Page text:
Different chemical preservatives and their application in the food industry
|S.N||Chemical preservatives||Targeted microorganisms||Mode of action||Advantages||Disadvantages||Applications|
|1||Sulfur dioxide (SO2)||Yeast, mold||Increase pH and imbalance cellular metabolic process, alter the enzymatic system,||Antioxidant properties, prevent browning, preserve color, cheaper and easily available||The intense pungent odor and corrosive property makes it unuseful in canning||Beverages, fruits products, heat-sensitive foods, effective for low pH foods|
|2||Sorbates(Sodium sorbate and Potassium sorbate)||Yeast, Mold, Bacteria||Disturb enzyme system, inhibit many enzymes involved in TCA cycle||Beverages; juices, wines, cheese, fish meat bakery items,|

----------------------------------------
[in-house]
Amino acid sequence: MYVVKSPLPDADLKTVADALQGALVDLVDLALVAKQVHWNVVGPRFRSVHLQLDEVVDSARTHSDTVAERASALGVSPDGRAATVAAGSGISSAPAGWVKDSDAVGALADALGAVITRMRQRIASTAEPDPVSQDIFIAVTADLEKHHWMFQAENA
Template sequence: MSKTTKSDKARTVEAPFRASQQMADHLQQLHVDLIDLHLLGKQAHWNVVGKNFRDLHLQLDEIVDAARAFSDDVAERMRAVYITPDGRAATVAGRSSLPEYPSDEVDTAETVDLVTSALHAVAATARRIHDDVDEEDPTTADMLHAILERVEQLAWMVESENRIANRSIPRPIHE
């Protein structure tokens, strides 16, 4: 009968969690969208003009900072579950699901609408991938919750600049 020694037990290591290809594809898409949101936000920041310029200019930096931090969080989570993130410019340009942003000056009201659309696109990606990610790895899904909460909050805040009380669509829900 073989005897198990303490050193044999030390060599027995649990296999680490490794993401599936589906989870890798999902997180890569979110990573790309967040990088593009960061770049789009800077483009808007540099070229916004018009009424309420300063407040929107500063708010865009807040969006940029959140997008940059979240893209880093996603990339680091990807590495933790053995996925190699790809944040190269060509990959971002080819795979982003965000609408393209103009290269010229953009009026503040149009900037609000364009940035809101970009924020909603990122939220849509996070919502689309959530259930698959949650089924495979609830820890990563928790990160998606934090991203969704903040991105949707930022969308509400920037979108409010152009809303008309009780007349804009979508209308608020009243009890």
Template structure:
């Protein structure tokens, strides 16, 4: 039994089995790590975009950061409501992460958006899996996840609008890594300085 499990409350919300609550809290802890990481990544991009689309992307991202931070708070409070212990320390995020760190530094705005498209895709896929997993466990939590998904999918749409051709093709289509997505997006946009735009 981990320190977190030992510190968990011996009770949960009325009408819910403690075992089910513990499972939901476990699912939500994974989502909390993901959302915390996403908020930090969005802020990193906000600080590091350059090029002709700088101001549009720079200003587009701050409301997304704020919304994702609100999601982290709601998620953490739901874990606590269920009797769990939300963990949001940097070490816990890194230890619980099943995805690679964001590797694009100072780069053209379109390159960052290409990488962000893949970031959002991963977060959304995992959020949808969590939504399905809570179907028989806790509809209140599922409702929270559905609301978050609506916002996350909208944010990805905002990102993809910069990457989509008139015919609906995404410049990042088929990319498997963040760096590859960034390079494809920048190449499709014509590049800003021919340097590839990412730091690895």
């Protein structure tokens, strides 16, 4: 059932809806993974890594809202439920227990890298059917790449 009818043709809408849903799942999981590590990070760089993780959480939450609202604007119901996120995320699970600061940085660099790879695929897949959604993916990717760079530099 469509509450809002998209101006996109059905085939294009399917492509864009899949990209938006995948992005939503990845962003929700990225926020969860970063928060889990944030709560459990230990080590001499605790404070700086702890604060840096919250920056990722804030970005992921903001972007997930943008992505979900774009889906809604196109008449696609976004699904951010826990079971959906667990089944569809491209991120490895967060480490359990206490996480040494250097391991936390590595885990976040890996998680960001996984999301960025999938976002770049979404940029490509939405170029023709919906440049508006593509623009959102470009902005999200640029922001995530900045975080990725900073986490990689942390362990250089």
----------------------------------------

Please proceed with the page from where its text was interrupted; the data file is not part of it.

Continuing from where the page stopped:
|3||Benzoic acid and benzoates||Yeast, molds||Disturb enzymatic system||Most active against yeasts and molds.|
Used to preserve colored fruit juices
|Risk of respiratory disease||High acid foods, fruit drinks, cider, carbonated beverages, pickles, jams, salad dressings, soy sauce|
|4||Parabens (p-hydroxybenzoic acid)||Yeast, Mold, bacteria||Destroy complex structure of the cell and denature protein inside the cell||Soft drinks, fish products, salad dressing|
|5||Propionic acid||Mold, yeast, and a few bacteria||Disturb enzyme system||Low acid foods, processed cheese preservation|
|6||Nitrate and nitrite||Anaerobic bacteria (Clostridium botulinum), other pathogenic microbes||Inhibit metabolic enzyme||Preserve the color of red meat by forming nitrosomyoglobin||The formation of carcinogenic nitrosamines is triggering extensive research||Used in cured meats, better at low pH foods|
|7||Phosphates||More against gram-positive bacteria (Bacillus, clostridium)||Chelating metal ions|